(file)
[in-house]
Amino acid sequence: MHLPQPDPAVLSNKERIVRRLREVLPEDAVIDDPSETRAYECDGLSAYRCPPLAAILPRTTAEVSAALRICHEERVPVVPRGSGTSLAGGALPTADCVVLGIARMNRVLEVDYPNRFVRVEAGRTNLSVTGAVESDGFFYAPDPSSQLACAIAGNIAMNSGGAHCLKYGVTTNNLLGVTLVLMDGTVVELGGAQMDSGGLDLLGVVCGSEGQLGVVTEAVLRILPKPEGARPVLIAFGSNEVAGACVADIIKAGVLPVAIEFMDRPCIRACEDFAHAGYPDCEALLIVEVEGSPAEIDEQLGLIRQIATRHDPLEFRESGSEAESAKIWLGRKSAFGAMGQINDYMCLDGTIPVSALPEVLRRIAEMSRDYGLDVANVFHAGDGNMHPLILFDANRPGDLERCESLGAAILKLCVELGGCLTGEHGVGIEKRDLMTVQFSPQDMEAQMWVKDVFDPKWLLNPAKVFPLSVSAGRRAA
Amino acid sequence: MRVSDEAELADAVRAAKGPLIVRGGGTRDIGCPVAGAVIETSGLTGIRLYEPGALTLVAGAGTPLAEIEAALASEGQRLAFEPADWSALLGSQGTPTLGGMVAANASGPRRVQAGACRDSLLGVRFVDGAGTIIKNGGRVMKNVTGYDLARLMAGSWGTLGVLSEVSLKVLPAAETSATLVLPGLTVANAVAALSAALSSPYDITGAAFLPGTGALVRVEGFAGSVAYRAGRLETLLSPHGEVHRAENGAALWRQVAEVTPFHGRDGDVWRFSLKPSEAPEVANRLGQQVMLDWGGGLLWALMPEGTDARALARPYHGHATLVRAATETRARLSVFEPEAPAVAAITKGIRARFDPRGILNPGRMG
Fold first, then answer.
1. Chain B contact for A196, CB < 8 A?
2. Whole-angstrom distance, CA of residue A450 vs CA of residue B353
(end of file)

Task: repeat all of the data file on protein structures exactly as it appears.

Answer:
[in-house]
Amino acid sequence: MHLPQPDPAVLSNKERIVRRLREVLPEDAVIDDPSETRAYECDGLSAYRCPPLAAILPRTTAEVSAALRICHEERVPVVPRGSGTSLAGGALPTADCVVLGIARMNRVLEVDYPNRFVRVEAGRTNLSVTGAVESDGFFYAPDPSSQLACAIAGNIAMNSGGAHCLKYGVTTNNLLGVTLVLMDGTVVELGGAQMDSGGLDLLGVVCGSEGQLGVVTEAVLRILPKPEGARPVLIAFGSNEVAGACVADIIKAGVLPVAIEFMDRPCIRACEDFAHAGYPDCEALLIVEVEGSPAEIDEQLGLIRQIATRHDPLEFRESGSEAESAKIWLGRKSAFGAMGQINDYMCLDGTIPVSALPEVLRRIAEMSRDYGLDVANVFHAGDGNMHPLILFDANRPGDLERCESLGAAILKLCVELGGCLTGEHGVGIEKRDLMTVQFSPQDMEAQMWVKDVFDPKWLLNPAKVFPLSVSAGRRAA
Amino acid sequence: MRVSDEAELADAVRAAKGPLIVRGGGTRDIGCPVAGAVIETSGLTGIRLYEPGALTLVAGAGTPLAEIEAALASEGQRLAFEPADWSALLGSQGTPTLGGMVAANASGPRRVQAGACRDSLLGVRFVDGAGTIIKNGGRVMKNVTGYDLARLMAGSWGTLGVLSEVSLKVLPAAETSATLVLPGLTVANAVAALSAALSSPYDITGAAFLPGTGALVRVEGFAGSVAYRAGRLETLLSPHGEVHRAENGAALWRQVAEVTPFHGRDGDVWRFSLKPSEAPEVANRLGQQVMLDWGGGLLWALMPEGTDARALARPYHGHATLVRAATETRARLSVFEPEAPAVAAITKGIRARFDPRGILNPGRMG
Fold first, then answer.
1. Chain B contact for A196, CB < 8 A?
2. Whole-angstrom distance, CA of residue A450 vs CA of residue B353